FRETS.COM Illustrated Glossary
Not just wood "grain" or color
© Frank Ford, 11/20/98 Photos by FF
Figure is an attractive peculiarity of the appearance of some woods. It may be a deformation of the grain, as in the "crotch" of a tree where the wood fibers are distorted by the branching and weight of the limbs. It may be a wavy grain that appears frequently in some woods and seldom in others. It may be colorful striations of color, such as those found in Brazilian rosewood. Here are a few examples:
This Martin mandolin neck is made of figured maple:
This pattern of regular waves in the grain occurs frequently in maple and is called "fiddleback maple" because of its popularity among violin makers. Sometimes this figured maple is called by other colorful names, such as "tiger maple," "flamed maple" because of the ancient technique of faking this kind of grain using the soot from a candle flame, "striped maple," or just plain "curly maple."
Click on this photo of curly maple to see
how it reflects the light from different angles:
Here's a piece of figured koa:
Even though there's a lot of color variation, we take that as "normal" and refer to the curls in the grain as the "figure" in this piece of wood.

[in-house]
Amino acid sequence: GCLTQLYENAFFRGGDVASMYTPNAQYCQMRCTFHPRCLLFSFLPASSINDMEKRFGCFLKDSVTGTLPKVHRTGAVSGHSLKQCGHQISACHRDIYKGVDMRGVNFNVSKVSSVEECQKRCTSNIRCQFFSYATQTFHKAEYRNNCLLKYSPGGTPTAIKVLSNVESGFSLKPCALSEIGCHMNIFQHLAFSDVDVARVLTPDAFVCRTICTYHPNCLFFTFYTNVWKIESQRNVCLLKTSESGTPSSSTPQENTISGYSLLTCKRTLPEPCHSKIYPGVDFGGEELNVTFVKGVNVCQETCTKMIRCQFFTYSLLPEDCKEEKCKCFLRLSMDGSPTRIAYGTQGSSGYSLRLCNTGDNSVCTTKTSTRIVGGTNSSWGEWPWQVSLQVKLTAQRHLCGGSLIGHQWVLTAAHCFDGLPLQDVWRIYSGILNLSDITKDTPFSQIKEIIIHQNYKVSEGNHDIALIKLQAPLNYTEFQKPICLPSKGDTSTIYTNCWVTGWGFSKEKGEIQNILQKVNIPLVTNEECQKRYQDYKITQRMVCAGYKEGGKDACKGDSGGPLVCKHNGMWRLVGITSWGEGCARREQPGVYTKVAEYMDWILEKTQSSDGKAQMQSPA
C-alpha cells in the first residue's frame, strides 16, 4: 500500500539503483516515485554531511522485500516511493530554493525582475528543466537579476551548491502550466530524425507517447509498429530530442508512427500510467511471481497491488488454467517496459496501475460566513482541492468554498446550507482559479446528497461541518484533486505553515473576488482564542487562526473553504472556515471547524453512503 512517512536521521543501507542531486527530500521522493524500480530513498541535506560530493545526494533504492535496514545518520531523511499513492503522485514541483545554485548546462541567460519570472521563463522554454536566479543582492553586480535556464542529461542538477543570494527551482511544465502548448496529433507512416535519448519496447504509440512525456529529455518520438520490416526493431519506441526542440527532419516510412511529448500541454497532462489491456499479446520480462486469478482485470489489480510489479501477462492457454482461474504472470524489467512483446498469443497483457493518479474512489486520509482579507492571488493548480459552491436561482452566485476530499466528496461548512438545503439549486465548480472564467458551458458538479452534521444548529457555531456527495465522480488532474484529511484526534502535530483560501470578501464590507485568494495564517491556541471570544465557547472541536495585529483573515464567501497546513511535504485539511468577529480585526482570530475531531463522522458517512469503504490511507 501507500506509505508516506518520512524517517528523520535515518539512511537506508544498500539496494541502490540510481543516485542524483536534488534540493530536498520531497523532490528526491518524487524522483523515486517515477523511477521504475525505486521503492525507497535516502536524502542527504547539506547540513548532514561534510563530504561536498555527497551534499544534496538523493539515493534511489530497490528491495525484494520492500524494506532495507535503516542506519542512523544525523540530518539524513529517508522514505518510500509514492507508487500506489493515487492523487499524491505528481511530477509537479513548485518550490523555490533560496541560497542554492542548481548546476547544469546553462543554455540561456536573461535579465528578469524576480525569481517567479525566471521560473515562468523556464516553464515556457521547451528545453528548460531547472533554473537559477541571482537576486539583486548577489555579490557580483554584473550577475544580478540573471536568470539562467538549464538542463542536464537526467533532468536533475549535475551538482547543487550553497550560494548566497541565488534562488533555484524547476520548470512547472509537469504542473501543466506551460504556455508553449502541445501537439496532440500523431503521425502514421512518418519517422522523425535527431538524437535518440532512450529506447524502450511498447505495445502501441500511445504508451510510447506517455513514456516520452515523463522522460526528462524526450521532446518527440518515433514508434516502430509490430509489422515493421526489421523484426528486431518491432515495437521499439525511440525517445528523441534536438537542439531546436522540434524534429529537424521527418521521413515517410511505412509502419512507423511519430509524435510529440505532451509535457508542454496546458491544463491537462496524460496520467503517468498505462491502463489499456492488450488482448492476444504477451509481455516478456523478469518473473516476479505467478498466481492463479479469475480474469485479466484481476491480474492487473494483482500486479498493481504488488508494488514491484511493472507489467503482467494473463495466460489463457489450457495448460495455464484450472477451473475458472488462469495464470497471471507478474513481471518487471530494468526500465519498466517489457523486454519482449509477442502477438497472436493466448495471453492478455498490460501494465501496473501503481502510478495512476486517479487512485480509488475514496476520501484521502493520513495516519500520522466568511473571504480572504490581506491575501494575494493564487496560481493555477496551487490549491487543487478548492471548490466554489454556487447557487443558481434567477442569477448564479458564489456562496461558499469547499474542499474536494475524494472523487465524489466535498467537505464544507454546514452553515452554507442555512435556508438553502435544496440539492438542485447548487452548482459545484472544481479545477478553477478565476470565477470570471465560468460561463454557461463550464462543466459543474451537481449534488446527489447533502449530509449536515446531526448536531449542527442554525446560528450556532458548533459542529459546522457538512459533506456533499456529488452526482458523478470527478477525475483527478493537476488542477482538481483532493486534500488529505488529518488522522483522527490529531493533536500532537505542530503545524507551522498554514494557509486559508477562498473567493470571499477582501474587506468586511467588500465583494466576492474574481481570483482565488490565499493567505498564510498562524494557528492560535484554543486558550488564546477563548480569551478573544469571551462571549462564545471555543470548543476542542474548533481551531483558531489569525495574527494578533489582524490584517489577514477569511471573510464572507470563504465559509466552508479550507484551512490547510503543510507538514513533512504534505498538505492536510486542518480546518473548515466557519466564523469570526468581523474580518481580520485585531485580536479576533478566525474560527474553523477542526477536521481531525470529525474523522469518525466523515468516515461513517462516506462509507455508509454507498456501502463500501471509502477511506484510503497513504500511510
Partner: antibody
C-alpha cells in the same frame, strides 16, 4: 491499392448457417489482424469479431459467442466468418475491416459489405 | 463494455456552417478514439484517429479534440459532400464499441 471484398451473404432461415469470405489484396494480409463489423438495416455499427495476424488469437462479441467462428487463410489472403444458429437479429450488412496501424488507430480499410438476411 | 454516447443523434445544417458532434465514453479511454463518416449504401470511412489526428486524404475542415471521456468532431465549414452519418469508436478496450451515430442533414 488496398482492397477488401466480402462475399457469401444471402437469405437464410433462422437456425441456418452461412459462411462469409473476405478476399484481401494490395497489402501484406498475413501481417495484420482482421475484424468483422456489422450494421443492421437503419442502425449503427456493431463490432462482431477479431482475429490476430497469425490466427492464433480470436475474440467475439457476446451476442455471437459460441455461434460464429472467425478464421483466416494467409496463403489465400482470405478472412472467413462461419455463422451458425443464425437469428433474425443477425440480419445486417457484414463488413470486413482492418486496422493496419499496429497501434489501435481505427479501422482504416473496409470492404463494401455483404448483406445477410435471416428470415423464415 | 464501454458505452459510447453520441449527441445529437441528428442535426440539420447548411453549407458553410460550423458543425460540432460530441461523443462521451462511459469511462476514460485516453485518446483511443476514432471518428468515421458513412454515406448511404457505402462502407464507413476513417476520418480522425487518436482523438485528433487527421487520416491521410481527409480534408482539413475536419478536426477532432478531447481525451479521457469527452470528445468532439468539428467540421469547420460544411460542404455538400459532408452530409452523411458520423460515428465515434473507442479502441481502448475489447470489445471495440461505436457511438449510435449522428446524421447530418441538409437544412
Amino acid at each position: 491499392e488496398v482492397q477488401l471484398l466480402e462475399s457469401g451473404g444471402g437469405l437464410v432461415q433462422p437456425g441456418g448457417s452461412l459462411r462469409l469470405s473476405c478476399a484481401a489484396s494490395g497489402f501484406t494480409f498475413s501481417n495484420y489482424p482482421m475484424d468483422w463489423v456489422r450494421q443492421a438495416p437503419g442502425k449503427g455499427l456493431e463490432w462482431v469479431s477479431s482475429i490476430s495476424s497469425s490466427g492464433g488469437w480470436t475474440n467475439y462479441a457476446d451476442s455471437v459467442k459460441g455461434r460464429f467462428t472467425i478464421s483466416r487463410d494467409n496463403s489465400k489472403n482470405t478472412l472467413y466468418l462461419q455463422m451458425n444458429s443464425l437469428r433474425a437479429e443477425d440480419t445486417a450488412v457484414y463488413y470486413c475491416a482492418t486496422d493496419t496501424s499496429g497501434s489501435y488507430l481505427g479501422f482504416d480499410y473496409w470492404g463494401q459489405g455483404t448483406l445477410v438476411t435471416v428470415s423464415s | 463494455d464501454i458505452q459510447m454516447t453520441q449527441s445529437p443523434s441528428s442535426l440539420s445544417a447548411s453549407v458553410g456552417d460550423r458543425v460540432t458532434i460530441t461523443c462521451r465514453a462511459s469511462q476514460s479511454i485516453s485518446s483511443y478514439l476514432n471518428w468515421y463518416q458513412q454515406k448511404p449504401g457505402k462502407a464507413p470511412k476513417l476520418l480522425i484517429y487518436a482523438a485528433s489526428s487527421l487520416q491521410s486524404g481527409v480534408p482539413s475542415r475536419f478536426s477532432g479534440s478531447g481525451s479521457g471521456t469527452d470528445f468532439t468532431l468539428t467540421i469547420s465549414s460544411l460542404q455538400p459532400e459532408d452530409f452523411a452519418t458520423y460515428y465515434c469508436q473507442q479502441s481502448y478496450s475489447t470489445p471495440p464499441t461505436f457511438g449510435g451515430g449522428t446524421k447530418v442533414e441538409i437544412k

These oak drawers show lots of grain, but nothing we'd call "figure"
The front of my Victrola is figured oak:
If you cut oak very carefully to maximize the appearance of the normal medulary rays, the result is a stunning figured wood, sometimes called "rift sawn oak."
"Figure" is a somewhat subjective term, but it always refers to a characteristic of the wood grain that's considered attractive. Some characteristics are attractive in some woods and not others, probably for historical and cultural reasons. For instance, knots are generally regarded as a structural defect in lumber, and even "knotty pine" is not considered to be figured wood.
I don't know about you, but I'm starting to get confused. . .
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